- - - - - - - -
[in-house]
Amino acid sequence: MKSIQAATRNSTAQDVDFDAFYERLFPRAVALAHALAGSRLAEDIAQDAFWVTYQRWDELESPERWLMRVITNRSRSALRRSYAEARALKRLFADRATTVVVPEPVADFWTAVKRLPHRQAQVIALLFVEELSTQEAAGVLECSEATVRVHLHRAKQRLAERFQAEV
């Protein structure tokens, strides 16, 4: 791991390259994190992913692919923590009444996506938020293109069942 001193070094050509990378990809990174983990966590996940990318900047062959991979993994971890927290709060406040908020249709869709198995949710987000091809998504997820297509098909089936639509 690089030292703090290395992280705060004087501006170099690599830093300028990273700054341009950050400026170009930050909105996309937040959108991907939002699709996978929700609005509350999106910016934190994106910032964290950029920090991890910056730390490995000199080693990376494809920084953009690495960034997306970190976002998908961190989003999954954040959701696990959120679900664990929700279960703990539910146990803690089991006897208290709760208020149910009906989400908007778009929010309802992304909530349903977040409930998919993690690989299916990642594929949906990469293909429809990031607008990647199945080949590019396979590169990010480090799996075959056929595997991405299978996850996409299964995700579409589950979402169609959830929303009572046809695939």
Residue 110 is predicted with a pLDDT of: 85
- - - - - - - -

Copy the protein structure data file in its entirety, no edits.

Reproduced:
[in-house]
Amino acid sequence: MKSIQAATRNSTAQDVDFDAFYERLFPRAVALAHALAGSRLAEDIAQDAFWVTYQRWDELESPERWLMRVITNRSRSALRRSYAEARALKRLFADRATTVVVPEPVADFWTAVKRLPHRQAQVIALLFVEELSTQEAAGVLECSEATVRVHLHRAKQRLAERFQAEV
């Protein structure tokens, strides 16, 4: 791991390259994190992913692919923590009444996506938020293109069942 001193070094050509990378990809990174983990966590996940990318900047062959991979993994971890927290709060406040908020249709869709198995949710987000091809998504997820297509098909089936639509 690089030292703090290395992280705060004087501006170099690599830093300028990273700054341009950050400026170009930050909105996309937040959108991907939002699709996978929700609005509350999106910016934190994106910032964290950029920090991890910056730390490995000199080693990376494809920084953009690495960034997306970190976002998908961190989003999954954040959701696990959120679900664990929700279960703990539910146990803690089991006897208290709760208020149910009906989400908007778009929010309802992304909530349903977040409930998919993690690989299916990642594929949906990469293909429809990031607008990647199945080949590019396979590169990010480090799996075959056929595997991405299978996850996409299964995700579409589950979402169609959830929303009572046809695939």
Residue 110 is predicted with a pLDDT of: 85